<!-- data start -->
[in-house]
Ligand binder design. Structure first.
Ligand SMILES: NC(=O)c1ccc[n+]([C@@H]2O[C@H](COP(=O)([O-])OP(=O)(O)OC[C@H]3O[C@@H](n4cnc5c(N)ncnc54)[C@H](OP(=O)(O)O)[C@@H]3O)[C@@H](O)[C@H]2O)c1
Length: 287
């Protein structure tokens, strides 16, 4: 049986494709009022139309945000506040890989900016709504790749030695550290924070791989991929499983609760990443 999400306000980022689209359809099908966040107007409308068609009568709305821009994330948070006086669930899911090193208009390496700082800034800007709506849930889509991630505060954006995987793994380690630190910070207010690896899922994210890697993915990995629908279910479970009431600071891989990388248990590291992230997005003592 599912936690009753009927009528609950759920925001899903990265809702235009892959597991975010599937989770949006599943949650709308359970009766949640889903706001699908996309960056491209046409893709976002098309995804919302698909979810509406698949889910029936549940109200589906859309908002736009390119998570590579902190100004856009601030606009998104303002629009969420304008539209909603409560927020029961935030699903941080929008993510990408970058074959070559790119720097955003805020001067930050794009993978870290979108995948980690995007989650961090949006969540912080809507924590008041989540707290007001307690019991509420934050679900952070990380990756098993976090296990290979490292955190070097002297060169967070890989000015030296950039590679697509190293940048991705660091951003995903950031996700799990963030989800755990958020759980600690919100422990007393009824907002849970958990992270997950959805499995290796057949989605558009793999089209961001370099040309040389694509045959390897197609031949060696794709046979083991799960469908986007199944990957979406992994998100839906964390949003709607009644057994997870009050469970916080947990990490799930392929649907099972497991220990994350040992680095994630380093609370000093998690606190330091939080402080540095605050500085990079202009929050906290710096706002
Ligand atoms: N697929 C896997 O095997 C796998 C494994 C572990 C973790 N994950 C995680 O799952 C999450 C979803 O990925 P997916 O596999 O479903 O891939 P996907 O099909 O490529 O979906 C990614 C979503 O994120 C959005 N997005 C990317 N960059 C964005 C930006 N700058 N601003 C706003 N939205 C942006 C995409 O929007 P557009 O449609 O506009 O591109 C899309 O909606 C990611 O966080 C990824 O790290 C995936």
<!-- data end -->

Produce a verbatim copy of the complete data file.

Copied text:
[in-house]
Ligand binder design. Structure first.
Ligand SMILES: NC(=O)c1ccc[n+]([C@@H]2O[C@H](COP(=O)([O-])OP(=O)(O)OC[C@H]3O[C@@H](n4cnc5c(N)ncnc54)[C@H](OP(=O)(O)O)[C@@H]3O)[C@@H](O)[C@H]2O)c1
Length: 287
């Protein structure tokens, strides 16, 4: 049986494709009022139309945000506040890989900016709504790749030695550290924070791989991929499983609760990443 999400306000980022689209359809099908966040107007409308068609009568709305821009994330948070006086669930899911090193208009390496700082800034800007709506849930889509991630505060954006995987793994380690630190910070207010690896899922994210890697993915990995629908279910479970009431600071891989990388248990590291992230997005003592 599912936690009753009927009528609950759920925001899903990265809702235009892959597991975010599937989770949006599943949650709308359970009766949640889903706001699908996309960056491209046409893709976002098309995804919302698909979810509406698949889910029936549940109200589906859309908002736009390119998570590579902190100004856009601030606009998104303002629009969420304008539209909603409560927020029961935030699903941080929008993510990408970058074959070559790119720097955003805020001067930050794009993978870290979108995948980690995007989650961090949006969540912080809507924590008041989540707290007001307690019991509420934050679900952070990380990756098993976090296990290979490292955190070097002297060169967070890989000015030296950039590679697509190293940048991705660091951003995903950031996700799990963030989800755990958020759980600690919100422990007393009824907002849970958990992270997950959805499995290796057949989605558009793999089209961001370099040309040389694509045959390897197609031949060696794709046979083991799960469908986007199944990957979406992994998100839906964390949003709607009644057994997870009050469970916080947990990490799930392929649907099972497991220990994350040992680095994630380093609370000093998690606190330091939080402080540095605050500085990079202009929050906290710096706002
Ligand atoms: N697929 C896997 O095997 C796998 C494994 C572990 C973790 N994950 C995680 O799952 C999450 C979803 O990925 P997916 O596999 O479903 O891939 P996907 O099909 O490529 O979906 C990614 C979503 O994120 C959005 N997005 C990317 N960059 C964005 C930006 N700058 N601003 C706003 N939205 C942006 C995409 O929007 P557009 O449609 O506009 O591109 C899309 O909606 C990611 O966080 C990824 O790290 C995936």